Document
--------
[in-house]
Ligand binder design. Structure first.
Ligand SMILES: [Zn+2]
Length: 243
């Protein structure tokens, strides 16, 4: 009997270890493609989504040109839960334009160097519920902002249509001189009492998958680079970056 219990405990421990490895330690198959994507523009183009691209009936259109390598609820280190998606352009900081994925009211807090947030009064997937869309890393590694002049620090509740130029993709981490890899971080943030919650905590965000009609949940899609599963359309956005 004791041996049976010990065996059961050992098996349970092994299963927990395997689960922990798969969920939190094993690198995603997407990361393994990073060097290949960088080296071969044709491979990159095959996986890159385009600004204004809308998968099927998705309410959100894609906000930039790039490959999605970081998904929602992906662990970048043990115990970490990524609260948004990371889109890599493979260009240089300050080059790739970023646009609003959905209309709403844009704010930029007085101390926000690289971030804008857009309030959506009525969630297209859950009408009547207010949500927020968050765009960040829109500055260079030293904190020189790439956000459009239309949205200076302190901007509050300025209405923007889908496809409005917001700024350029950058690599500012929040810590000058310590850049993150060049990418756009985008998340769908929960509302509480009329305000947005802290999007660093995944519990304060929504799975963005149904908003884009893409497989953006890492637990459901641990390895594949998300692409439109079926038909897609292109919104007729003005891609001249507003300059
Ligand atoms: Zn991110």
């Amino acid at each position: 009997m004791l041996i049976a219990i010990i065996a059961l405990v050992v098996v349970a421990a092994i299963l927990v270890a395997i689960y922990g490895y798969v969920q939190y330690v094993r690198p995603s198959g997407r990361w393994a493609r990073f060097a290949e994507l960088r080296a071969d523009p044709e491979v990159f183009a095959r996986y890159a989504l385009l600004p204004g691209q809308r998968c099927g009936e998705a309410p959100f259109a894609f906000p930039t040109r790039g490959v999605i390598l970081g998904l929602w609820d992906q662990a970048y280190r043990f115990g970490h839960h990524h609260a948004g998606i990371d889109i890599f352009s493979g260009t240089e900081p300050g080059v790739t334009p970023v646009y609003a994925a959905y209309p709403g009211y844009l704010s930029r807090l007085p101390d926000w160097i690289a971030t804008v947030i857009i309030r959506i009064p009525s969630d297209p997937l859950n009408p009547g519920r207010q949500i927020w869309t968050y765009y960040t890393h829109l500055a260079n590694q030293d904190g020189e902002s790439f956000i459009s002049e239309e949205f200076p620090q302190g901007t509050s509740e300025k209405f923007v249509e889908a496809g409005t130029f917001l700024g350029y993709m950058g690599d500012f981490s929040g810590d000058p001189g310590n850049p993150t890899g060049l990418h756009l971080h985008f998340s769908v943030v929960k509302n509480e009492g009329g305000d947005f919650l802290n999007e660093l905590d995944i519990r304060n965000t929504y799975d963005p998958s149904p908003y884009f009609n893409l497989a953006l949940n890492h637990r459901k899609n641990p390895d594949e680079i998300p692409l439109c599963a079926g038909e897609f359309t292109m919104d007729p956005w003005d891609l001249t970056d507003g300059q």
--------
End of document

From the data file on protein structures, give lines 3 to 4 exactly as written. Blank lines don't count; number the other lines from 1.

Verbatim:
Ligand SMILES: [Zn+2]
Length: 243